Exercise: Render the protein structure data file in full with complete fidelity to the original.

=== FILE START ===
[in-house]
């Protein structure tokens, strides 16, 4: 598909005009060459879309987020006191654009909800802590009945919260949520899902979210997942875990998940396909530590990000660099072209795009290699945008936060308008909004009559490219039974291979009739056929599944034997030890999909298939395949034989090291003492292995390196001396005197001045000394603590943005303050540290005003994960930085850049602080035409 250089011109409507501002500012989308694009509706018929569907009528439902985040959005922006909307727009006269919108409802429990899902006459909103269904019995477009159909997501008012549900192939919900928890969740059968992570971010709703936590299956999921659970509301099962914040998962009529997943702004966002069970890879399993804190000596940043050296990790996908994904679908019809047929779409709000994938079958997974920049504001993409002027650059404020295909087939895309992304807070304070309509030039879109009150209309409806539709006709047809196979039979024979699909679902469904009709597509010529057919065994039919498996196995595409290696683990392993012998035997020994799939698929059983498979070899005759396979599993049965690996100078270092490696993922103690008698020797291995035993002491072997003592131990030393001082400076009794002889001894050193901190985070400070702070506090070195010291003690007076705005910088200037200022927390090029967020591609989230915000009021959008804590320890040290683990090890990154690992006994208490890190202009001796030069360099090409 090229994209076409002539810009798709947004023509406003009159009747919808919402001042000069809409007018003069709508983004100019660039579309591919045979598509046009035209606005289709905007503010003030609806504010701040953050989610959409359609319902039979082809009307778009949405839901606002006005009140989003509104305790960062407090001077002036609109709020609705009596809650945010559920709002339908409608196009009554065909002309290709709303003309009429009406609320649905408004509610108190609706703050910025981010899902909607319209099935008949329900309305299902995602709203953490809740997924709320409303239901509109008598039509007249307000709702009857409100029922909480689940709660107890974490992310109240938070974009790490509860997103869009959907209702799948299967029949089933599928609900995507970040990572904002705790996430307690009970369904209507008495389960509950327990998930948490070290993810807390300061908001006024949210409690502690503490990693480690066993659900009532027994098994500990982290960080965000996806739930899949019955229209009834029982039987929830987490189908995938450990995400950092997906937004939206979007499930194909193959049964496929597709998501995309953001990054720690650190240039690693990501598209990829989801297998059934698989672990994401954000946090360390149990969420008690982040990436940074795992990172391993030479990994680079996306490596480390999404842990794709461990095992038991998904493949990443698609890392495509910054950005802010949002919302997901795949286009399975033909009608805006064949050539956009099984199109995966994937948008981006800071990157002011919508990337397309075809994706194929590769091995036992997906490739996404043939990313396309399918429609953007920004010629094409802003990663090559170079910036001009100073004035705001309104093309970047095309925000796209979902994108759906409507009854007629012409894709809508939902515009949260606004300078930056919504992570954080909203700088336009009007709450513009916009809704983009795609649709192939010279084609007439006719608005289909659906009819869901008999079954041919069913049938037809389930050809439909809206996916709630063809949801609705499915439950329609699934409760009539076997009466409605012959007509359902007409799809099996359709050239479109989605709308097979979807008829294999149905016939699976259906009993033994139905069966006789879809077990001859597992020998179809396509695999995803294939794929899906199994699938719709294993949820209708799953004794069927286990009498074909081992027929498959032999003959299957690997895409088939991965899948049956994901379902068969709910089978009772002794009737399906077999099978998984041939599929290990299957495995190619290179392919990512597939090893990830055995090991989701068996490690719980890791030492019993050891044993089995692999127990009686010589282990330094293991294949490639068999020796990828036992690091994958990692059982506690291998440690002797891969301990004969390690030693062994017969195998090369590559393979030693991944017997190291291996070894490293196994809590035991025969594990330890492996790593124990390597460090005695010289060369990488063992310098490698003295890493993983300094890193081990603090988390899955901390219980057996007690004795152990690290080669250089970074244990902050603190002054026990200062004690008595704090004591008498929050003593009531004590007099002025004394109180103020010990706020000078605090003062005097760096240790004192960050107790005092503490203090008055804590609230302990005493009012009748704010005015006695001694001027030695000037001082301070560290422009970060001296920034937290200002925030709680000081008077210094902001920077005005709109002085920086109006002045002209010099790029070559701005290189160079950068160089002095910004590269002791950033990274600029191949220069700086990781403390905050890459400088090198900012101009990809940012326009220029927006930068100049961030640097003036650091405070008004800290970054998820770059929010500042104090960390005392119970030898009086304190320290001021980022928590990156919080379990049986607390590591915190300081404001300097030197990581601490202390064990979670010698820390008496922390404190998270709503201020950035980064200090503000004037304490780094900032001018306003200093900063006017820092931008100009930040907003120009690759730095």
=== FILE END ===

[in-house]
């Protein structure tokens, strides 16, 4: 598909005009060459879309987020006191654009909800802590009945919260949520899902979210997942875990998940396909530590990000660099072209795009290699945008936060308008909004009559490219039974291979009739056929599944034997030890999909298939395949034989090291003492292995390196001396005197001045000394603590943005303050540290005003994960930085850049602080035409 250089011109409507501002500012989308694009509706018929569907009528439902985040959005922006909307727009006269919108409802429990899902006459909103269904019995477009159909997501008012549900192939919900928890969740059968992570971010709703936590299956999921659970509301099962914040998962009529997943702004966002069970890879399993804190000596940043050296990790996908994904679908019809047929779409709000994938079958997974920049504001993409002027650059404020295909087939895309992304807070304070309509030039879109009150209309409806539709006709047809196979039979024979699909679902469904009709597509010529057919065994039919498996196995595409290696683990392993012998035997020994799939698929059983498979070899005759396979599993049965690996100078270092490696993922103690008698020797291995035993002491072997003592131990030393001082400076009794002889001894050193901190985070400070702070506090070195010291003690007076705005910088200037200022927390090029967020591609989230915000009021959008804590320890040290683990090890990154690992006994208490890190202009001796030069360099090409 090229994209076409002539810009798709947004023509406003009159009747919808919402001042000069809409007018003069709508983004100019660039579309591919045979598509046009035209606005289709905007503010003030609806504010701040953050989610959409359609319902039979082809009307778009949405839901606002006005009140989003509104305790960062407090001077002036609109709020609705009596809650945010559920709002339908409608196009009554065909002309290709709303003309009429009406609320649905408004509610108190609706703050910025981010899902909607319209099935008949329900309305299902995602709203953490809740997924709320409303239901509109008598039509007249307000709702009857409100029922909480689940709660107890974490992310109240938070974009790490509860997103869009959907209702799948299967029949089933599928609900995507970040990572904002705790996430307690009970369904209507008495389960509950327990998930948490070290993810807390300061908001006024949210409690502690503490990693480690066993659900009532027994098994500990982290960080965000996806739930899949019955229209009834029982039987929830987490189908995938450990995400950092997906937004939206979007499930194909193959049964496929597709998501995309953001990054720690650190240039690693990501598209990829989801297998059934698989672990994401954000946090360390149990969420008690982040990436940074795992990172391993030479990994680079996306490596480390999404842990794709461990095992038991998904493949990443698609890392495509910054950005802010949002919302997901795949286009399975033909009608805006064949050539956009099984199109995966994937948008981006800071990157002011919508990337397309075809994706194929590769091995036992997906490739996404043939990313396309399918429609953007920004010629094409802003990663090559170079910036001009100073004035705001309104093309970047095309925000796209979902994108759906409507009854007629012409894709809508939902515009949260606004300078930056919504992570954080909203700088336009009007709450513009916009809704983009795609649709192939010279084609007439006719608005289909659906009819869901008999079954041919069913049938037809389930050809439909809206996916709630063809949801609705499915439950329609699934409760009539076997009466409605012959007509359902007409799809099996359709050239479109989605709308097979979807008829294999149905016939699976259906009993033994139905069966006789879809077990001859597992020998179809396509695999995803294939794929899906199994699938719709294993949820209708799953004794069927286990009498074909081992027929498959032999003959299957690997895409088939991965899948049956994901379902068969709910089978009772002794009737399906077999099978998984041939599929290990299957495995190619290179392919990512597939090893990830055995090991989701068996490690719980890791030492019993050891044993089995692999127990009686010589282990330094293991294949490639068999020796990828036992690091994958990692059982506690291998440690002797891969301990004969390690030693062994017969195998090369590559393979030693991944017997190291291996070894490293196994809590035991025969594990330890492996790593124990390597460090005695010289060369990488063992310098490698003295890493993983300094890193081990603090988390899955901390219980057996007690004795152990690290080669250089970074244990902050603190002054026990200062004690008595704090004591008498929050003593009531004590007099002025004394109180103020010990706020000078605090003062005097760096240790004192960050107790005092503490203090008055804590609230302990005493009012009748704010005015006695001694001027030695000037001082301070560290422009970060001296920034937290200002925030709680000081008077210094902001920077005005709109002085920086109006002045002209010099790029070559701005290189160079950068160089002095910004590269002791950033990274600029191949220069700086990781403390905050890459400088090198900012101009990809940012326009220029927006930068100049961030640097003036650091405070008004800290970054998820770059929010500042104090960390005392119970030898009086304190320290001021980022928590990156919080379990049986607390590591915190300081404001300097030197990581601490202390064990979670010698820390008496922390404190998270709503201020950035980064200090503000004037304490780094900032001018306003200093900063006017820092931008100009930040907003120009690759730095």